31 March 2017 11:26 AM GMT
The Supreme Court today partially relaxed some conditions on banning liquor vends along national and state highways only for small towns with population less than 20000. In such places no vends will be allowed within a distance of 220 metres from the highways. The earlier distance limit was 500 metres.States where existing liquor licence permits are valid beyond April one can continue to...
The Supreme Court today partially relaxed some conditions on banning liquor vends along national and state highways only for small towns with population less than 20000. In such places no vends will be allowed within a distance of 220 metres from the highways. The earlier distance limit was 500 metres.
States where existing liquor licence permits are valid beyond April one can continue to operate till September 30, 2017 but not beyond, the bench headed by Chief Justice J S Khehar said.
ON HOTELS AND BARS
Significantly, rejecting Attorney General Mukul Rohatgi’s opinion, the bench significantly said that there will be no exemption from the rule to hotels and bars .
Thereby SC clarified that national ban on sale of liquor within a particular distance of NHs or SHS whether it be 220 metres or 500 metres extends to bars, pubs and bars and not just liquor vends
It is to be noted that Attorney General Mukul Rohatgi, based on whose opinion states like Kerala had sought review of the judgement, had argued that the order banning liquor vends on state and national highways does not apply to hotels and restaurants that serve alcohol. The state governments had strongly opposed the ban citing huge loss of revenue.
The bench noted that the object of stopping drunk driving will be diluted if distance ban was restricted to only vends and so bars, pubs and restaurants on highways should also come under ban.
The bench also exempted Sikkim and Meghalaya from its order to ban liquor vends within 500 or 220m due to its unique topographical constraints. The distance in Himachal has been reduced to 220 metres.
A bench headed by Chief Justice J S Khehar was delivering verdict on petitions filed by Kerala, Tamil Nadu Punjab and Telangana and All Assam Indian Made Foreign Liquors Retailers' Association seeking modification of the apex court’s December 15 order directing closure of all liquor vends operating within 500 metres of state and national highways holding them as a prime reason for fatalities caused by drunken driving.
"We will not shut you out. We will hear you tomorrow also. We are giving ourselves some time. We need to take a conscious decision. We want to ponder if we should do it and how to go about it etc" Chief Justice J S Khehar heading a bench also comprising of justices L Nageswara Rao and D Y Chandrachud had earlier said.
AG Mukul Rohatgi, Senior Advocates Rajeev Dhawan and Abhishek Singhvi appearing for various states and liqour vendors said earlier order was not data or research based."Rest assured we do not want to be any impediment in your earning revenue. But drunken driving...a person driving is dead and gone. Imagine about his family. We are not against revenue earnings by you. But suggest some alternative. We want to balance it", the court had earlier said.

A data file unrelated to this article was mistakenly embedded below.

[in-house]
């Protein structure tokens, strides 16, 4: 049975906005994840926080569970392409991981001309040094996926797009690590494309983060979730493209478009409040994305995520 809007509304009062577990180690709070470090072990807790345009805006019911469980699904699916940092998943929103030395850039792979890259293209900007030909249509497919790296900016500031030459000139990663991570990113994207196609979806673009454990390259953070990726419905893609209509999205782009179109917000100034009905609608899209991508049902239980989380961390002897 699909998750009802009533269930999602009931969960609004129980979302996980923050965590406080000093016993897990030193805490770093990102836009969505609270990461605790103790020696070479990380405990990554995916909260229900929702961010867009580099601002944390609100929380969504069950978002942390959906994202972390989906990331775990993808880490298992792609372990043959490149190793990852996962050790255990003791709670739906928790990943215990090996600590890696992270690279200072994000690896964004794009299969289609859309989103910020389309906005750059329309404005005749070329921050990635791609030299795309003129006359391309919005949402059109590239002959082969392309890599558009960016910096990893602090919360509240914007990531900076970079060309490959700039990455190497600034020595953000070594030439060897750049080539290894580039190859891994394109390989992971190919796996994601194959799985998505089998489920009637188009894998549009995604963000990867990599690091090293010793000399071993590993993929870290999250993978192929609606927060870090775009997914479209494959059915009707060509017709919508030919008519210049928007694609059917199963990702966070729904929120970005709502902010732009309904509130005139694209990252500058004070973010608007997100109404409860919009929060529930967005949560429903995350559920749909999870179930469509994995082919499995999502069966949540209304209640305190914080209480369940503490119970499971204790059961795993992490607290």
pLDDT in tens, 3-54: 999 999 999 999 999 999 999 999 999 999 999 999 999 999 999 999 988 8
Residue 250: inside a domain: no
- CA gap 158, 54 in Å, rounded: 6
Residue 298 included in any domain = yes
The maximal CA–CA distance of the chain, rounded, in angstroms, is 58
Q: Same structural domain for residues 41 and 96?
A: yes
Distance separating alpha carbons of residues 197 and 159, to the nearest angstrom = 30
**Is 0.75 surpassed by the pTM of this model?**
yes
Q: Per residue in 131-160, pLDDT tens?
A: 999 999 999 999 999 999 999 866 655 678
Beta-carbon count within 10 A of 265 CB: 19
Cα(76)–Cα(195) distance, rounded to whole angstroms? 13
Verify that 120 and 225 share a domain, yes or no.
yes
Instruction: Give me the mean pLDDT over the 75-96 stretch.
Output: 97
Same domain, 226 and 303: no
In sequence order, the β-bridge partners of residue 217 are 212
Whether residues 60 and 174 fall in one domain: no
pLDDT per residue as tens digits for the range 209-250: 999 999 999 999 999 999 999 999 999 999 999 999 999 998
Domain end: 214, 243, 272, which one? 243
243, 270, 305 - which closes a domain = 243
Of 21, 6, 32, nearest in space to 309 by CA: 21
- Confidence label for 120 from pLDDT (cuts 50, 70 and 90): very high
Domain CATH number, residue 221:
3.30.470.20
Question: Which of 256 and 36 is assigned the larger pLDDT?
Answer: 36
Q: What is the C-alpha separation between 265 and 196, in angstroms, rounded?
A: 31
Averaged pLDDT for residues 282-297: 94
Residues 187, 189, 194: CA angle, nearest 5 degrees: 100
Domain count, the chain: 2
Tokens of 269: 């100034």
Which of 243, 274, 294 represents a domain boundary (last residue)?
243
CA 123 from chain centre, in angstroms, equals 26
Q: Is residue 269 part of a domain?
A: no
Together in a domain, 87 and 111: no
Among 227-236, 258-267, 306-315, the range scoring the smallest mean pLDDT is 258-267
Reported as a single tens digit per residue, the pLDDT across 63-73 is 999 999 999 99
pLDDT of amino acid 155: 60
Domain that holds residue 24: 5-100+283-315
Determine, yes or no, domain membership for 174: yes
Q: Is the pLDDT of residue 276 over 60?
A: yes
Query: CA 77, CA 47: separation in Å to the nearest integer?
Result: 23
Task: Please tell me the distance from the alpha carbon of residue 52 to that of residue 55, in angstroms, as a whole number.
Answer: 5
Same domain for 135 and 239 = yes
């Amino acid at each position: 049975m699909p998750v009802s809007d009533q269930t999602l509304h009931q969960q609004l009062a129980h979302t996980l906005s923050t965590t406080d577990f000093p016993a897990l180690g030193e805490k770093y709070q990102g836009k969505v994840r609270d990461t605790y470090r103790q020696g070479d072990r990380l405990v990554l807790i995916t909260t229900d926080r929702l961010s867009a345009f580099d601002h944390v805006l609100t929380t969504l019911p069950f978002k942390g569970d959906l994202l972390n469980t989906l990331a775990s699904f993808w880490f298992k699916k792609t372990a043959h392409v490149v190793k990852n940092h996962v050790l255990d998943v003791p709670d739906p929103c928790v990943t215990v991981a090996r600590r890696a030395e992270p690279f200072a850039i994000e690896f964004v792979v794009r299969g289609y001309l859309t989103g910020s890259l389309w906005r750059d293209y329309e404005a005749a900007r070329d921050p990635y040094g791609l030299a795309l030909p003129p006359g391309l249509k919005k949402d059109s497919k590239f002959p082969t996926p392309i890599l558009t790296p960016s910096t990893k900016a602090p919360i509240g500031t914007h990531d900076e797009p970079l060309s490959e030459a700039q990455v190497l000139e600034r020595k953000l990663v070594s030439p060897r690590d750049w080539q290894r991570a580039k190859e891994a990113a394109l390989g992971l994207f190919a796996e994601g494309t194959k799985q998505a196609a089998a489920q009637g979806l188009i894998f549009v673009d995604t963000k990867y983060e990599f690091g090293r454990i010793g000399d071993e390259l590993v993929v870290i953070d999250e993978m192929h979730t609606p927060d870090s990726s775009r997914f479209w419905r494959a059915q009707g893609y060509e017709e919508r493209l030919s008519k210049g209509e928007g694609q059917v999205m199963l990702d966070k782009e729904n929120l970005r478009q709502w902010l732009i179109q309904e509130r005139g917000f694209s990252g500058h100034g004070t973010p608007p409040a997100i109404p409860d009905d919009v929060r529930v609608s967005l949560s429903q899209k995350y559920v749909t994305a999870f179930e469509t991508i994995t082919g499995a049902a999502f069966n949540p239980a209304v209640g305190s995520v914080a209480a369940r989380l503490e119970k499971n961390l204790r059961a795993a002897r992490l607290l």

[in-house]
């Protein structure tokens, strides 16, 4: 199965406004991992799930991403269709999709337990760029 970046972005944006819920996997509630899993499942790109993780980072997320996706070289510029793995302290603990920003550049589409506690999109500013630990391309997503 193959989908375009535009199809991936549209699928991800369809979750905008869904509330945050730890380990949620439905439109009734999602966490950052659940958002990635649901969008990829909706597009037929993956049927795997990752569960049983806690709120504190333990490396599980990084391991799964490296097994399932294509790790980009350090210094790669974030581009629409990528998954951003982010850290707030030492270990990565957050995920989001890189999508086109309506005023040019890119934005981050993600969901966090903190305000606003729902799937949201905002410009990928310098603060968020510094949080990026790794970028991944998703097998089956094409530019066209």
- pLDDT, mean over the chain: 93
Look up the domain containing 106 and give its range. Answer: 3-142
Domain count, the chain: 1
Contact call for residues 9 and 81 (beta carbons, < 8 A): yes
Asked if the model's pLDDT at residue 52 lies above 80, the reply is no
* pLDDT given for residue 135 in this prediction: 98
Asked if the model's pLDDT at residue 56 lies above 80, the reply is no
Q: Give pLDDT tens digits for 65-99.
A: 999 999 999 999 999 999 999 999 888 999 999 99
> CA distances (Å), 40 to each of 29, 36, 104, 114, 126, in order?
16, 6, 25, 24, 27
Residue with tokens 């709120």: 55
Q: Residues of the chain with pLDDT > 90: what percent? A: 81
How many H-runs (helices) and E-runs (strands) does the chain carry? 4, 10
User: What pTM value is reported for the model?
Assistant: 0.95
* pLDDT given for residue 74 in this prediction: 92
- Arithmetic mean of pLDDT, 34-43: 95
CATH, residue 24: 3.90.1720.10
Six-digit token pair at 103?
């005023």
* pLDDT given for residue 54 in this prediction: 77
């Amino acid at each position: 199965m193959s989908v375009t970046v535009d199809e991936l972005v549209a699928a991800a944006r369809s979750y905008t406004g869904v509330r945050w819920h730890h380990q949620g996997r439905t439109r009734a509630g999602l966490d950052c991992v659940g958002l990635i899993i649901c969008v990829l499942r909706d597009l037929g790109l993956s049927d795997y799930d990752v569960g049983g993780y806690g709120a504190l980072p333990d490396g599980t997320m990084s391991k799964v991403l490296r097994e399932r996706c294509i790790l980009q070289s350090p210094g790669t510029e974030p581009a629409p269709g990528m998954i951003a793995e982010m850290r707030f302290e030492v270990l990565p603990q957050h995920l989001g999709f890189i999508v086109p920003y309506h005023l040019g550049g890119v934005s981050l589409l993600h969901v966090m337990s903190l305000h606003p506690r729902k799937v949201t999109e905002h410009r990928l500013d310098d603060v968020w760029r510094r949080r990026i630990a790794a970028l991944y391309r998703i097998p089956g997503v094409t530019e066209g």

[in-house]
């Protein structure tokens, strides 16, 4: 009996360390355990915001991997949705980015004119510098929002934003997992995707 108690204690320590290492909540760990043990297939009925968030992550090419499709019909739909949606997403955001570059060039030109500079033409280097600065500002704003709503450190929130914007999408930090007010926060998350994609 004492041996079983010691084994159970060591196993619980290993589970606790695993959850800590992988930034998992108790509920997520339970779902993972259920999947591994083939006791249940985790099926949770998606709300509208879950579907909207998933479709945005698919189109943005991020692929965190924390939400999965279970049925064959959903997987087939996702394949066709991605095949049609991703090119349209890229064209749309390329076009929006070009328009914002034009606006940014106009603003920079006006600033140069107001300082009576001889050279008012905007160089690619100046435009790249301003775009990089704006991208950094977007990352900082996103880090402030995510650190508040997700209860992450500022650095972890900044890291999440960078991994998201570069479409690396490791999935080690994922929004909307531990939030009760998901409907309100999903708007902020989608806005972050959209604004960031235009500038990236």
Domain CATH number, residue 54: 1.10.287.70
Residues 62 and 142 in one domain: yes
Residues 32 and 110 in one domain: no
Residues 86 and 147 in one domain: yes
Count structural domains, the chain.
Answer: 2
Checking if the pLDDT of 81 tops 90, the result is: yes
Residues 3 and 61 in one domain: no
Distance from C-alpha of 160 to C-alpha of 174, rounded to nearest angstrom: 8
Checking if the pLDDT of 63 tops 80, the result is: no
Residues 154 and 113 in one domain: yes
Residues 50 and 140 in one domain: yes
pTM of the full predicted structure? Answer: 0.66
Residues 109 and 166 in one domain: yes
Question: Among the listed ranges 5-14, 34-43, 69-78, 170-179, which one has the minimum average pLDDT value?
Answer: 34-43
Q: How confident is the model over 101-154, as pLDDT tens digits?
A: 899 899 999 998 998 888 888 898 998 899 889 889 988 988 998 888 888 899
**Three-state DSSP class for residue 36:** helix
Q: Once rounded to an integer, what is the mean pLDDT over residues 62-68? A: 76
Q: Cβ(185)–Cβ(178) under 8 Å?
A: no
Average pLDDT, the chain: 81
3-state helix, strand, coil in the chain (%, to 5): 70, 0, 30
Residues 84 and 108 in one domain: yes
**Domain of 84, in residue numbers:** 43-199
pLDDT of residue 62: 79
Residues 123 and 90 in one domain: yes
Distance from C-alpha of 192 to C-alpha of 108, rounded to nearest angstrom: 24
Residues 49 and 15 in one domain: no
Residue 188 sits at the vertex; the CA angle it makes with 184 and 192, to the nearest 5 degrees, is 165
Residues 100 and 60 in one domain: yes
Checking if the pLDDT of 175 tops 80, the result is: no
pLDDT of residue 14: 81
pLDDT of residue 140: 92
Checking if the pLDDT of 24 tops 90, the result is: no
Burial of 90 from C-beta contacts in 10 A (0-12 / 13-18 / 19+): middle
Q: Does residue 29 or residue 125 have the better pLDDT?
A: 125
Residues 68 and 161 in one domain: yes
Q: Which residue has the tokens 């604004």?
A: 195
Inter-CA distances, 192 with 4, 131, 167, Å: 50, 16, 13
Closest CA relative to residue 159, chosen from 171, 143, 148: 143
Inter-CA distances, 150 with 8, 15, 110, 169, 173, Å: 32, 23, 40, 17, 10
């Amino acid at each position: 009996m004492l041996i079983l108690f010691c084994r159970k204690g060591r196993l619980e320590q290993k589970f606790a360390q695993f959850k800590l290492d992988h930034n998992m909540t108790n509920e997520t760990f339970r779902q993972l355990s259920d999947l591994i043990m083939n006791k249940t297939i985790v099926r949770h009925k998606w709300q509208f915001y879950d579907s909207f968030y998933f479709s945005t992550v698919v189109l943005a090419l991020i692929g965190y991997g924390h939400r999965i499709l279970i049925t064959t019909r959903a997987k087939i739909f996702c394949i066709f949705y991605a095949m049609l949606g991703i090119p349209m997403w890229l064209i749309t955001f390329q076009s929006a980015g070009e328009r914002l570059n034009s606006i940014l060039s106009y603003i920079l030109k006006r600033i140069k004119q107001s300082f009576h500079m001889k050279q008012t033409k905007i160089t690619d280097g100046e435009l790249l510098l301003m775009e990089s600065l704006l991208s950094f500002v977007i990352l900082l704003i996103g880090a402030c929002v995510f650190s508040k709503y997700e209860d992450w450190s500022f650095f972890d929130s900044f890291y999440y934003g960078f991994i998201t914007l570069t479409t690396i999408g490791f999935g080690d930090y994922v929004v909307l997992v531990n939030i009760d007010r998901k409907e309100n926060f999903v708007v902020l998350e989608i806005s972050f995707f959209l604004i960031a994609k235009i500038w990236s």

AG PLEADED FOR MODIFICATION
Yesterday just before reserving the order Attorney General Mukul Rohatgi submitted before a bench headed by Chief Justice J S Khehar that the December 2016 verdict required a re-look.
He said that the December 15, 2016 verdict will have its repercussion as the budget of every states will go for a six. Rohatgi said national highways and state highways cannot be compared and what can be considered for the former cannot be considered for the latter.
“All of India cannot be compared. Some towns in totality are situated along the state highways and if you say that liquor vends cannot be allowed in the vicinity of 500 meters then where will they go, he told the bench, also comprising Justices D Y Chandrachud and L N Rao.
He further said, Some exception can be granted to the states to relax the condition especially as far as the state highways are concerned by reducing the limit say to 100 metres. To this, the bench asked the attorney general to address it on the issue if he thinks the verdict is not justified as the parties have done nothing since December 15, 2016. You cannot come at the last moment and say that relax the conditions. Where were you after December 15, it said.
A battery of lawyers appearing for several private parties said there was a need for extending the deadline of April 1 and sought modification of the order in terms of what was argued by the attorney general.
Attorney General Rohatgi who appeared for two of the states had sought urgent hearing of the pleas as the judgement, order was to come into effect from April 1 .State governments were barred from renewing the licenses of the existing outlets on highways after March 31.
The verdict had come on a PIL alleging that nearly 1.42 lakh people died per year in road mishaps and that the drunken driving is a major contributor.
The order was passed by the SC on a PIL filed by "Arrive Safe" NGO which said nearly 1.42 lakh people died annually on roads in India because of accidents, drunken driving being a major contributor to this high toll of human lives.The apex court stressed on the need to improve road safety and curb menace of drunken driving.